Basketball

Obama partial to Olympic basketball's '92 'Dream Team'

President Barack Obama has weighed into the mini-controversy over all-time US Olympic men's basketball supremacy, saying he would take the 1992 'Dream Team' over the current crop of NBA superstars.

 
Obama weighs into debate - BasketballReuters
 

Obama, an avid basketball fan, offered his opinion as he got a close-up preview of the US national team, which struggled during much of a tune-up exhibition game against Brazil before putting their opponents away with an 80-69 win.

Although Obama predicted in a half-time interview with ESPN that the current US team's "unbelievable talent" would bring home the gold in London, he did not hesitate to back the group loaded with future professional hall-of-famers who electrified the Barcelona Games 20 years ago.

"This is a generational thing," Obama said at Washington's Verizon Center. "I was around in '92 and I was a Bulls fan, so I've got to go with the original 'Dream Team'." The Bulls he rooted for are his hometown Chicago Bulls.

Los Angeles Lakers star and current Olympian Kobe Bryant created buzz last week when he suggested this year's team - which also includes stars LeBron James, Carmelo Anthony and Kevin Durant - could beat the 1992 gold-medal edition led by NBA legends Michael Jordan, Earvin "Magic" Johnson and Larry Bird.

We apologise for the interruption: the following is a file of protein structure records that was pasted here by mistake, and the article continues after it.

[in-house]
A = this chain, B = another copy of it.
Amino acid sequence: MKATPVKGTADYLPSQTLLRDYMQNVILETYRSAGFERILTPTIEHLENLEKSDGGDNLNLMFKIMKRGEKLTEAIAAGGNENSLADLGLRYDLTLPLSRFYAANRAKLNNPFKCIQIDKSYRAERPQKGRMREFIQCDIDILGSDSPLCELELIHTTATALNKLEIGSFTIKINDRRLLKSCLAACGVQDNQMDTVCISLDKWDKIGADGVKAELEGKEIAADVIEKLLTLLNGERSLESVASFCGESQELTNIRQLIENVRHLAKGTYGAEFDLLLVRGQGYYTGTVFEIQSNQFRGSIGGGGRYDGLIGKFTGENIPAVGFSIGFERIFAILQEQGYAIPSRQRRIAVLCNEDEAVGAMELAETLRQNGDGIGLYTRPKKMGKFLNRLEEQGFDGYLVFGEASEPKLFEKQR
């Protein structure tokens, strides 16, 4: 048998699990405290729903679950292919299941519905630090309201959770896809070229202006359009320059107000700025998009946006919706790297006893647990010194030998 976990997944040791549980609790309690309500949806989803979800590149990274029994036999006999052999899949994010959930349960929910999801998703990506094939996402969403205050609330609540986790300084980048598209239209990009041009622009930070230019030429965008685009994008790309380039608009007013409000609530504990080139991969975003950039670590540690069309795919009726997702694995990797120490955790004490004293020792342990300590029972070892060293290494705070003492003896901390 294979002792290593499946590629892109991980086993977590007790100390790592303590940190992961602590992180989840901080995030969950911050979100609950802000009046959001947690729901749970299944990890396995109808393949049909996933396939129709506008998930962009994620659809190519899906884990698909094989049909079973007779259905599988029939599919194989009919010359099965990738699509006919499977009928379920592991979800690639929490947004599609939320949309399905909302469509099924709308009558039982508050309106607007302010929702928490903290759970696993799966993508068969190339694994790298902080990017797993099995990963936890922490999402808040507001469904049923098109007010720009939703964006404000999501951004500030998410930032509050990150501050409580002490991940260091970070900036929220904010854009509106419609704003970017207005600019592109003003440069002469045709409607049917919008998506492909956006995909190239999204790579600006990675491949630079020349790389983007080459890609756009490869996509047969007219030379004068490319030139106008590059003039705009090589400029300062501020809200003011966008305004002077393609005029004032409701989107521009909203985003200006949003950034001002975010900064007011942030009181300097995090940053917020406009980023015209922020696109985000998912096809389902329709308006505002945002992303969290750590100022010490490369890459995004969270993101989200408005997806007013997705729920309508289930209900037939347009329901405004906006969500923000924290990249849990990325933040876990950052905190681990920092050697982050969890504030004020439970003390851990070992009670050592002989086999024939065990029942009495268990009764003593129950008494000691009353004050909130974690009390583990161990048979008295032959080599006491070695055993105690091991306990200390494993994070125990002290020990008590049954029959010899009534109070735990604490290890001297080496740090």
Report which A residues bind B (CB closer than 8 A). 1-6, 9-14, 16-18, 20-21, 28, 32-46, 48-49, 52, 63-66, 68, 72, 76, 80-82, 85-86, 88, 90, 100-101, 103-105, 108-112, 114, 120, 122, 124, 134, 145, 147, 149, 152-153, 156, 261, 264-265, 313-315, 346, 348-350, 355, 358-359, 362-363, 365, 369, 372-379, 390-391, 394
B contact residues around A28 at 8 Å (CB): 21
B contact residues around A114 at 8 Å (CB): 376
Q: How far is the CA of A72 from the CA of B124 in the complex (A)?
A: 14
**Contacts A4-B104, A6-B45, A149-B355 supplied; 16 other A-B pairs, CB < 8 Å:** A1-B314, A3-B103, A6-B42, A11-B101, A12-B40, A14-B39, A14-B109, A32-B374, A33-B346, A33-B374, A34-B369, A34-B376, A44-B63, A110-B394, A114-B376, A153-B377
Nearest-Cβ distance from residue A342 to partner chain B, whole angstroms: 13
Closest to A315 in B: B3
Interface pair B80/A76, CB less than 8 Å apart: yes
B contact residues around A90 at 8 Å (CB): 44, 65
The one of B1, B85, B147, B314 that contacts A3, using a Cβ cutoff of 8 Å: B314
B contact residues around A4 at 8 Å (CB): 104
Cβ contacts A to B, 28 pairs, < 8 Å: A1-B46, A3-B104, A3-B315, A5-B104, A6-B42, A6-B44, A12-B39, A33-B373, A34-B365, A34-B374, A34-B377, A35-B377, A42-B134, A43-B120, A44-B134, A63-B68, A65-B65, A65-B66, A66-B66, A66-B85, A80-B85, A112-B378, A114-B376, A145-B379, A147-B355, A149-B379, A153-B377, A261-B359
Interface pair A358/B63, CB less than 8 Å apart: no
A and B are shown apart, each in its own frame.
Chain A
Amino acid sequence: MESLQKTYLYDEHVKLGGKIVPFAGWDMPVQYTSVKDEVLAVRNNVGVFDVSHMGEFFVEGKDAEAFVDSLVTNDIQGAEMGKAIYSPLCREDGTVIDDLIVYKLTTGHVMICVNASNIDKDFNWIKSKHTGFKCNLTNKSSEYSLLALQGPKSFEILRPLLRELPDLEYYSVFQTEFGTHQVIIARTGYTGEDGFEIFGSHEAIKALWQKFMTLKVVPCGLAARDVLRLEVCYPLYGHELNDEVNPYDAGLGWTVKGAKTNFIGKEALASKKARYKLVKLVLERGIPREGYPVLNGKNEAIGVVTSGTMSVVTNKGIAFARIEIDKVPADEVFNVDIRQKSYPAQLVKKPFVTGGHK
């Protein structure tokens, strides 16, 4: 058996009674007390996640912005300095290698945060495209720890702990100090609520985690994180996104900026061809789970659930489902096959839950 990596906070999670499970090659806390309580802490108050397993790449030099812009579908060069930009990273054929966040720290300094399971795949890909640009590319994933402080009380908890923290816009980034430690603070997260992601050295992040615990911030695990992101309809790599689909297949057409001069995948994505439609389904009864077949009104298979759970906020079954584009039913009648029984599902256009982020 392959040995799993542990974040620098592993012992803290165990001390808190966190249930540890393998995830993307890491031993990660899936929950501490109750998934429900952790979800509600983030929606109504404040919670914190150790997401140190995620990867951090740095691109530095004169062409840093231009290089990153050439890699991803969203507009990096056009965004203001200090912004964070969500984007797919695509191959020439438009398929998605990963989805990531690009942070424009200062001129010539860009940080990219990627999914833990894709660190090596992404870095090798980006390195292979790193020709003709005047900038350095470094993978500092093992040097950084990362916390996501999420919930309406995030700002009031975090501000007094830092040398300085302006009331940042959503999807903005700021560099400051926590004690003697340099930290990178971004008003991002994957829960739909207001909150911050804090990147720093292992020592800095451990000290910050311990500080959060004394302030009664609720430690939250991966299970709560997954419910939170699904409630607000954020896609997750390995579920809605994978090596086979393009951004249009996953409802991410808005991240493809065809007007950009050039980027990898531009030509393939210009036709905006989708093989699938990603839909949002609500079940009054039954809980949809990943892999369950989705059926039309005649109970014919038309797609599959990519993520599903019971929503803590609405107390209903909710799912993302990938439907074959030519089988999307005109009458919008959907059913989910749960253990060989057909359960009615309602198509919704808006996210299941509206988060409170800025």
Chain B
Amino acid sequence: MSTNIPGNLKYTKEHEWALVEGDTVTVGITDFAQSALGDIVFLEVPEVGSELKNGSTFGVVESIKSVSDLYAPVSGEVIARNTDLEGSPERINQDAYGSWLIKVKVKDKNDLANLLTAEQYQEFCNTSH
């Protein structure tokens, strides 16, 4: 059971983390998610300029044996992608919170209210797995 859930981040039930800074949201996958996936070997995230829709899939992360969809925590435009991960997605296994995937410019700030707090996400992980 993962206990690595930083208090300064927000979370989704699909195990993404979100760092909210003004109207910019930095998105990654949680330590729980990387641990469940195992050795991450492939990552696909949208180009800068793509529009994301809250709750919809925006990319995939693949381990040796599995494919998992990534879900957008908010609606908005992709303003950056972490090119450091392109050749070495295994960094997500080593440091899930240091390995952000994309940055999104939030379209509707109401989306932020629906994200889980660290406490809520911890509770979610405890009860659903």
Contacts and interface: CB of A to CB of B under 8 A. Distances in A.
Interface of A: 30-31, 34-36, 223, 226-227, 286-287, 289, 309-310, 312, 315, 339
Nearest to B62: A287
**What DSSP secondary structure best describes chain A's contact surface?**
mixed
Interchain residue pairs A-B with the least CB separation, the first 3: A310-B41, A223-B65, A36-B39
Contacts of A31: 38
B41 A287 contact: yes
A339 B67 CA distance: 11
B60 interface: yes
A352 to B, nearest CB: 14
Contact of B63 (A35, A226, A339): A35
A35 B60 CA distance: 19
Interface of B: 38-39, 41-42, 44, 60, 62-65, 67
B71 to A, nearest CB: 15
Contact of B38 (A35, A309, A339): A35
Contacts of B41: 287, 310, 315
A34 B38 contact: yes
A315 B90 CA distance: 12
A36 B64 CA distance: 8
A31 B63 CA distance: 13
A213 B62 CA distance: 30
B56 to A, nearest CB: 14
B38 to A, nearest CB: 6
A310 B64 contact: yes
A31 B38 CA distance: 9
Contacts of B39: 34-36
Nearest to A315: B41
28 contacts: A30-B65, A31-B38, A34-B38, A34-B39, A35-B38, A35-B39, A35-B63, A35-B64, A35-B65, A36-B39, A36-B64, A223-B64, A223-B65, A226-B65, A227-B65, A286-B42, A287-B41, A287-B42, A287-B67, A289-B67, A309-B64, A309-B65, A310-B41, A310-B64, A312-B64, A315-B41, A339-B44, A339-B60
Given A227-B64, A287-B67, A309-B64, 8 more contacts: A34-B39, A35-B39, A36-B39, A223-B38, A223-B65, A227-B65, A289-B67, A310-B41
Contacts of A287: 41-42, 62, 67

"Kobe is a competitor so you expect him to do a little trash talking whenever the opportunity arises," Obama said, laughing.

Obama and Vice President Joe Biden were greeted by cheering and chants of "USA, USA," as they took their seats at courtside.

Even the Olympics can have political overtones in a US presidential election year.

Obama's Republican rival, Mitt Romney, plans to attend the London games in what is seen as a bid to remind US voters of his leadership during the successful 2002 Winter Games in Salt Lake City. The Democratic president is sending first lady Michelle Obama to the opening ceremonies in London.

At the US-Brazil game, Obama had an awkward moment early on when he and his wife were spotlighted on the Kiss-Cam, an in-house video on a giant screen that encourages couples to kiss. They refused to comply, drawing loud boos.

Near the end of the game, the Kiss-Cam focused on the Obamas again and he put his arm around his wife and drew her in for a kiss. The crowd cheered and some chanted "four more years." Aides made sure the small pool of journalists who accompany the president were in position to record the moment.

On the court, the US team - favourites to win the gold in London - fought back from 10 points down in the first quarter before gaining control in the second half. James, the NBA's reigning Most Valuable Player, led all scorers with 30 points.

Obama played high school basketball in Hawaii and still plays pick-up games with friends and closely follows pro and college teams.

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